“I’ll grant you the former three. I have little idea of their ever visiting the Finnucha Gwyn, however. My stepbrothers followed your instructions for an excellent life without deviation. By the time they were seventeen, they were well known in Tyfferim as being the most dissolute, salacious, and hard working men in the fields.”
“The Donnegals,” the old man rasped. “Aye,” raising his glass, “I know ‘em well, ‘em two oldest ones, and the younger one what lives in Farriage. I took some o’ his sheep last spring. I’m a sheep man meself, reining ‘em in and helpin’ the stockmen round here to lamb ‘em. Stay awake for two days straight, have a drink and a dinner and a song when the business is finished, and then to sleep to do it again in the mornin’. ‘Tis a life well spent, I’m tellin’ ye that, commander—“ He suddenly pointed across the way. “And there’s your Da with a pint. Good man! What’d I tell ye, girl? When the wife’s not mantlin’ him, his purse is open. Don’t ye go tellin’ him to mind himself, now. Ye let him have a bit o’ craic before he’s gotta trundle back to the warden.”
“She is no warden, I assure you. She rather encourages my father to go out, as she prefers staying at home. Poor Calleen had a trying time in her younger years, and again when her first husband became ill. She has learned to enjoy her time in a quiet house, as her own with eight children and an invalid husband was a shambling wreck. She was too busy taking care of her family and the house to enjoy any semblance of silence. She likes to be home with only the pigs and cows to plague her. My father is so easy and good natured that he would not disturb her while she is doing a piece of needlework or reading the by the fire, and she is so even tempered and adoring that she would never suffer my father to sit at her side all the evening. Shayne and my father go out very often, and my father comes to see us nearly every day. There is no need for him to escape to a tavern when he might enjoy a nice evening by the fire in the commons.”
The old man doubted this. He pursed his lips and glared suspiciously at the commander. “Ye got somethin’ to drink at that keep o’ yours?”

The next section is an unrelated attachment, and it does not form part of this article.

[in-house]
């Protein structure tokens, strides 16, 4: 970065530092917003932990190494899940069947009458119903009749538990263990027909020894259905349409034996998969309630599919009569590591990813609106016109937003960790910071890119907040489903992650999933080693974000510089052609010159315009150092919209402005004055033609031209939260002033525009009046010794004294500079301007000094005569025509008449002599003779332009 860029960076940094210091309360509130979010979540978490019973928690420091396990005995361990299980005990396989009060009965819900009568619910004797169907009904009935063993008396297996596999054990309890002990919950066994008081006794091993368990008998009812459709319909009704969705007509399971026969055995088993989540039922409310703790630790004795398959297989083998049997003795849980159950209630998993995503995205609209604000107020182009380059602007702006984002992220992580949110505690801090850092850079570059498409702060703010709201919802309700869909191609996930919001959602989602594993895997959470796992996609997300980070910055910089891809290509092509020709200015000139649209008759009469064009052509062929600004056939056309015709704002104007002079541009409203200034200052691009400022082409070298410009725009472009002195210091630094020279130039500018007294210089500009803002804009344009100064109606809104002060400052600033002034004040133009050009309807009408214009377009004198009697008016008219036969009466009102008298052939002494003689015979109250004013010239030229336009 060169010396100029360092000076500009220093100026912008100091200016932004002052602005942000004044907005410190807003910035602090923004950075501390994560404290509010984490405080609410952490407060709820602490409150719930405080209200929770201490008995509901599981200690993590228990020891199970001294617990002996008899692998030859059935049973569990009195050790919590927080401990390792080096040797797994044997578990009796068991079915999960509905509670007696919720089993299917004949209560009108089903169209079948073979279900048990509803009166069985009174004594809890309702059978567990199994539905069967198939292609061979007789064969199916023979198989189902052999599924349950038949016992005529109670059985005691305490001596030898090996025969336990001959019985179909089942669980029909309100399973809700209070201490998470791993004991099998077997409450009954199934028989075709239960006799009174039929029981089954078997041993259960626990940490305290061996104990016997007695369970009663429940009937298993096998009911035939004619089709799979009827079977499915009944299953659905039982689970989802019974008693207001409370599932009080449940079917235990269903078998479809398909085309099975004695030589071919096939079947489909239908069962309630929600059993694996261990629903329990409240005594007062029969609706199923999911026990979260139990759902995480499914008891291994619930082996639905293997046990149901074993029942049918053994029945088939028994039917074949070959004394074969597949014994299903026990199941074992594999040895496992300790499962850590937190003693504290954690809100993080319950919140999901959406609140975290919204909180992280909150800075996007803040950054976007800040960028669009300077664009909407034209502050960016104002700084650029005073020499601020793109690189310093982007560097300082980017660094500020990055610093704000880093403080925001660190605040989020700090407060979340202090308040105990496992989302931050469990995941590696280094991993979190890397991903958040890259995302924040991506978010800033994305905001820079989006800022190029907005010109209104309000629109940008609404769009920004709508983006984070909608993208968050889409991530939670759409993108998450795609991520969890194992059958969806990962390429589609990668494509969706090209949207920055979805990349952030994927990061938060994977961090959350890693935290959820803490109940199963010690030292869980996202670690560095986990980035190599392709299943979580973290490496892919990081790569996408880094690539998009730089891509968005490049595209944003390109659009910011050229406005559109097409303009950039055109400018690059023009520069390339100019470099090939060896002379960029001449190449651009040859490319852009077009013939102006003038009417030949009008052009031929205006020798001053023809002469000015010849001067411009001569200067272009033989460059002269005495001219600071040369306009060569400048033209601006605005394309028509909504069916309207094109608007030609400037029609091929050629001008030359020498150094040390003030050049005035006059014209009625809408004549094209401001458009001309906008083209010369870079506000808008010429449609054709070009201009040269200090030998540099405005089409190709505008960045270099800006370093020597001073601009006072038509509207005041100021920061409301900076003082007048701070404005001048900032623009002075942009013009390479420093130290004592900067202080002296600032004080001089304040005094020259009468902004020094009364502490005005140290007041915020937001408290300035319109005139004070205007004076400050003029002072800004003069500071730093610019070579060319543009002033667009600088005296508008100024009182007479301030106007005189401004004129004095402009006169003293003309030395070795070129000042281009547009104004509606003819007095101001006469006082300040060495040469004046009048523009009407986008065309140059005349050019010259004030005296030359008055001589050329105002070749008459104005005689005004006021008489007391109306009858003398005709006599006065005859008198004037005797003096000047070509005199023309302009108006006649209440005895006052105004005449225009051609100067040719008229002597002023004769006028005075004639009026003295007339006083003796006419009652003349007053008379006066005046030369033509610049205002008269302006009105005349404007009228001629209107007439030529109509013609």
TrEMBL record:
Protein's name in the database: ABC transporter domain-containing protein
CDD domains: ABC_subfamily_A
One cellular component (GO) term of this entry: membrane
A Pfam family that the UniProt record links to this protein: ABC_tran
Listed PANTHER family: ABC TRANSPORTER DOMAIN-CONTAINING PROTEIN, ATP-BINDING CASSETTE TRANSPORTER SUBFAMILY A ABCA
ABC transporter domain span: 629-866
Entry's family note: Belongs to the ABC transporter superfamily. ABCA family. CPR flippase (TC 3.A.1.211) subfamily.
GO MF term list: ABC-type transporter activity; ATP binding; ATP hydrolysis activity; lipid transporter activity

The commander’s cheeks crimsoned with broad smiles. “And if I should say no, you would declare that we are unlawfully keeping him away from his rights as a man.”
“I would so, girl,” the old man humphed. “Your Da’s got his glass now.”
“And you will notice how well he enjoys holding it. I think he’s put it by twenty times since it was given him.”
The old man narrowed his gaze and observed, through the leaping dancers, that Jaicobh’s glass was full. “Borras,” he scoffed, “the barm’ll settle before he drinks it.”
“You need not mourn over it,” the commander simpered. “I don’t even think it’s ale. I think it might be ginger beer.”
              Overpowered by his grief, the old man removed his hat and held his next his heart. “Sure,” he said with a sigh, “I’ll mourn for it anyway, for a drink what’s poured and never finished is a Frewyn’s mortifyin’ shame.” He raised his glass and looked to the sky, and after he said a silent prayer bereaving the loss of any drink that should ever come into Jaicobh MacDaede’s hands, he finished his pint in one draught and tripped off to the tap counter, where he waited with wide eyes and deplorable looks, lamenting the loss of his contrived wallet and wondering whether there were any good and decent men about who would show kindness to an old and infirmed man and ”buy a poor fella a drink?"

Enjoyed the story? Enjoy Tales from Frewyn Volume Two!